What is a Sinkhole Lake?
Sinkhole lakes are a common feature of regions with karst topography, which are areas with soluble rocks like limestone, dolomite, or gypsum. As water seeps into the ground it slowly dissolves those materials, leaving behind open spaces surrounded by more resistant stones. This tends to form cave systems, and sometimes the roofs collapse and expose the cavern at the surface, resulting in a sinkhole or sinkhole lake. The sinkhole lakes here range from about 10’ deep to almost 60’ in Hemlock and Section 4.
Because such lakes typically lack freeflowing inlets or outlets, the ones here in the Pigeon River Country were ideal for fisheries research. Many experiments that contributed to improved fishing throughout Michigan were conducted in the lakes, such as testing survivability of Assinica strains of Brook Trout before they were introduced to lakes across the state. The research ran from the 1940s to the early 2000s, and in 2008 seven of the sinkhole lakes were opened to the public for fishing and other recreational use, under strict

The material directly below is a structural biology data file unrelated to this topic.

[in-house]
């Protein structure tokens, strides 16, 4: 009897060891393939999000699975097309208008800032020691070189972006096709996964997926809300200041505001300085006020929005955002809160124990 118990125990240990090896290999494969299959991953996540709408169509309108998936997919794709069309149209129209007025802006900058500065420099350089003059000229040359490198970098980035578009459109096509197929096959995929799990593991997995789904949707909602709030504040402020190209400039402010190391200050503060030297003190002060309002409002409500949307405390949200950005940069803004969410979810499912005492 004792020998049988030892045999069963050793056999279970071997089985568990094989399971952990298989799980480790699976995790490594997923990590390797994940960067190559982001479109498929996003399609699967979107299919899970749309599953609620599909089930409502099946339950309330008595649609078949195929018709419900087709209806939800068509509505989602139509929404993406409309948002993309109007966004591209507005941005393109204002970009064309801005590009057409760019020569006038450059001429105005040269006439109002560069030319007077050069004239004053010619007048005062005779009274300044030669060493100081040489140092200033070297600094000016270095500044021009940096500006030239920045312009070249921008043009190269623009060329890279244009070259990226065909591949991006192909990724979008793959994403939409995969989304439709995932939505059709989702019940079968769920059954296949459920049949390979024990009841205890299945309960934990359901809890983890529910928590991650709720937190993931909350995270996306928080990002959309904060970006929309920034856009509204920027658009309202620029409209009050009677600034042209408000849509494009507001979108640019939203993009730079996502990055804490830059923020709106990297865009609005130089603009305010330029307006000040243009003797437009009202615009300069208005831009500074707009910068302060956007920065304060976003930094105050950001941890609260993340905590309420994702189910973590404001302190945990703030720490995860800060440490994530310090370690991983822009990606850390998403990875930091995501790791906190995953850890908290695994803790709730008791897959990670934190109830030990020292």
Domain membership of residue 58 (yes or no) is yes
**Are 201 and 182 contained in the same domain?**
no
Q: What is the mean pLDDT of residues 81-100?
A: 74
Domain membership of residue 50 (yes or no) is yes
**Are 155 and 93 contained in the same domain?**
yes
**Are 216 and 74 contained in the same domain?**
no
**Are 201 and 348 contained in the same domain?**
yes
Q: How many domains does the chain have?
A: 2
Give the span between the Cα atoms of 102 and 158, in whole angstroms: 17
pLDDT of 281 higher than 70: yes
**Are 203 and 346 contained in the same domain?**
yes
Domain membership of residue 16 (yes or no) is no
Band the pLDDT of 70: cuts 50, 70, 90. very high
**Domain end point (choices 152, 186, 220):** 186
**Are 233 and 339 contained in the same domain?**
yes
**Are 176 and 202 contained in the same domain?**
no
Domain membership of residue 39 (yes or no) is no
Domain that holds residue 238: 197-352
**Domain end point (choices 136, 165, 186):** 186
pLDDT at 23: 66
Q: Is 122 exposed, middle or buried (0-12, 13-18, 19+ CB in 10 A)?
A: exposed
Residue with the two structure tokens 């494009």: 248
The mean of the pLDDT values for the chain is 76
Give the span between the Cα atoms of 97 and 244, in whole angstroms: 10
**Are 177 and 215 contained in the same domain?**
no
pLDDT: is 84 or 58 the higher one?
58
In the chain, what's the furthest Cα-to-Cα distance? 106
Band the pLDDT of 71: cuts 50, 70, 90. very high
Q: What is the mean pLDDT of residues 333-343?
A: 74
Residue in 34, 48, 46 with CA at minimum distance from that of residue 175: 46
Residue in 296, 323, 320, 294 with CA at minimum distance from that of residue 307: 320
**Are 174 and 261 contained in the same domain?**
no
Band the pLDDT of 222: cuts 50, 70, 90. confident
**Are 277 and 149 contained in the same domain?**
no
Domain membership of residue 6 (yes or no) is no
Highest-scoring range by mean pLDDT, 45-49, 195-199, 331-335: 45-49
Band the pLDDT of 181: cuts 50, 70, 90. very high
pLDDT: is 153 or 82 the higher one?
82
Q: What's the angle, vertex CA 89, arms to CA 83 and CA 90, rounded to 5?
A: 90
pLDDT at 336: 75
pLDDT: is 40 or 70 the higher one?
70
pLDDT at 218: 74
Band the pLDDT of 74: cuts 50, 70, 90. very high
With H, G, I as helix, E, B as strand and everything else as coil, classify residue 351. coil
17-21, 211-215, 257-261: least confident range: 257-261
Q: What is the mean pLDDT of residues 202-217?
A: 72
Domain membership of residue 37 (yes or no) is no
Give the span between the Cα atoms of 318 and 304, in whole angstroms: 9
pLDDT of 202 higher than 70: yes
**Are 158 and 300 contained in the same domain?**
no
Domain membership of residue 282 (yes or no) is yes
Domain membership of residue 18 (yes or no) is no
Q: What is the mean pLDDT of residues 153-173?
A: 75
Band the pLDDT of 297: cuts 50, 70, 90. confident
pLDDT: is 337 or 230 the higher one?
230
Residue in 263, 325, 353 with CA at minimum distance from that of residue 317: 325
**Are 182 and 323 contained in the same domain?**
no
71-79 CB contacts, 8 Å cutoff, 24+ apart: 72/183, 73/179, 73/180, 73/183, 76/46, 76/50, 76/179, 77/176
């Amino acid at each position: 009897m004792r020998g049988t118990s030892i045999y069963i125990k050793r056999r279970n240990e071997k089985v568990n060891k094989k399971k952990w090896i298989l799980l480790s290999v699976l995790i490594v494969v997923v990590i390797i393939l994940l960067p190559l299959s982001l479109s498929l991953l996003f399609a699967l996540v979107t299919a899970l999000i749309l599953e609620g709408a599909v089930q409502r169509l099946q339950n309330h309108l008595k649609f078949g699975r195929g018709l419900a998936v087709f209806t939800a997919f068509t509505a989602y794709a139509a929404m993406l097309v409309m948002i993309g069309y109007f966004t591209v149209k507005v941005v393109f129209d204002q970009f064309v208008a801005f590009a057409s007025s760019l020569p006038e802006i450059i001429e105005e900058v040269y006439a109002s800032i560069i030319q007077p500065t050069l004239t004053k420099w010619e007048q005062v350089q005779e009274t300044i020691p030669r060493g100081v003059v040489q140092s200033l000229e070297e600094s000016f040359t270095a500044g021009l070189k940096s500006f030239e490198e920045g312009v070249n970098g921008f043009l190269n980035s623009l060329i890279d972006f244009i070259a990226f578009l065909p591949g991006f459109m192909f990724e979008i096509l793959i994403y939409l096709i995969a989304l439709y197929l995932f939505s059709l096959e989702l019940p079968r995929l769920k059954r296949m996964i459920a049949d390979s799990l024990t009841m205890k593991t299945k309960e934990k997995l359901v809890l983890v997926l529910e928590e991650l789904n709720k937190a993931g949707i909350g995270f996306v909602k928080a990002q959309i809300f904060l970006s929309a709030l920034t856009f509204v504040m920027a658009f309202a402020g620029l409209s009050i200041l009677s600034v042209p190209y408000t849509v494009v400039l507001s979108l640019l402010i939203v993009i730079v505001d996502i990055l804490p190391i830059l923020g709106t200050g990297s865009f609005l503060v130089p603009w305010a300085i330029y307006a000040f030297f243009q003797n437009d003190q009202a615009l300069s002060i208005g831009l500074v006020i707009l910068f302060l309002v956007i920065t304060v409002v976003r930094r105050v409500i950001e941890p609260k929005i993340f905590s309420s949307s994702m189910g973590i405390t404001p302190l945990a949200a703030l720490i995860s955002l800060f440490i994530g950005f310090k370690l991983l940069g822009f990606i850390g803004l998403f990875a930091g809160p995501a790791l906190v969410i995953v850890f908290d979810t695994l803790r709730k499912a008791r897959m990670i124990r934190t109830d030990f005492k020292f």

regulations to prevent damage to the lakes.
Recreational Guides at the Sinkhole Lakes
Section 4, Ford, Hemlock, and all four of the Lost and Twin Lakes are stocked annually with trout and operate under Type D regulations (daily limit one, minimum 15” length, artificial lures only; the season runs from the last Saturday in April through September). The unique features of the lakes require special protections for boating and camping in their vicinity. Camping within 600 feet of the sinkhole lakes is prohibited. Both of the Twin Lakes, Section 4 Lake, and (East) Lost Lake do not allow boats of any kind, although swimming and personal flotation tubes are permitted. On Hemlock Lake, Ford Lake, and West Lost Lake visitors can also use non-motorized watercraft, or boats with an electric motor.